A self-balancing, fully autonomous driving system developed by Google’s robotics group has a price tag of more than $6 million, according to a new study by researchers at Stanford University.

The system, dubbed “Google’s self-driven car,” uses radar, cameras, and lasers to detect objects and steer itself to avoid hazards in traffic and on roads, according a statement from the company.

The $6.6 million price tag was part of a research study led by the Stanford Research Lab that found the system could perform at a range of speeds of up to 150 miles per hours, but it would also need to be able to navigate a range on a street, or at speeds of more like 120 mph, the Stanford statement said.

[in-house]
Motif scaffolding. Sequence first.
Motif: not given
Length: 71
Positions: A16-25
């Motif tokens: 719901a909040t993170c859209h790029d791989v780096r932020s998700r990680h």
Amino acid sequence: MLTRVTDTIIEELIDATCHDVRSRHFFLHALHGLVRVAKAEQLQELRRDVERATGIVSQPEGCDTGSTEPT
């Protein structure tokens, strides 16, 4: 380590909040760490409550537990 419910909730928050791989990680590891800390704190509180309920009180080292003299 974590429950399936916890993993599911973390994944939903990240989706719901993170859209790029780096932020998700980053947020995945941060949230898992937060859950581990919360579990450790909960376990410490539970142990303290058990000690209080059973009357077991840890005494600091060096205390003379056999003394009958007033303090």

The researchers found the self-altering system would require a range in excess of 50 miles per day, which is less than half the range of current autonomous cars, according the statement.

The self-moving car could use a combination of cameras and lasers, and would require an onboard computer to navigate the road.

Google said it has not yet tested the system on public roads, but that it would be “working on it,” the statement said, adding that the system would not be able “to do a complete lap around the city” and could not be used for emergency response.

It is not clear whether Google is planning to make the system commercially available.

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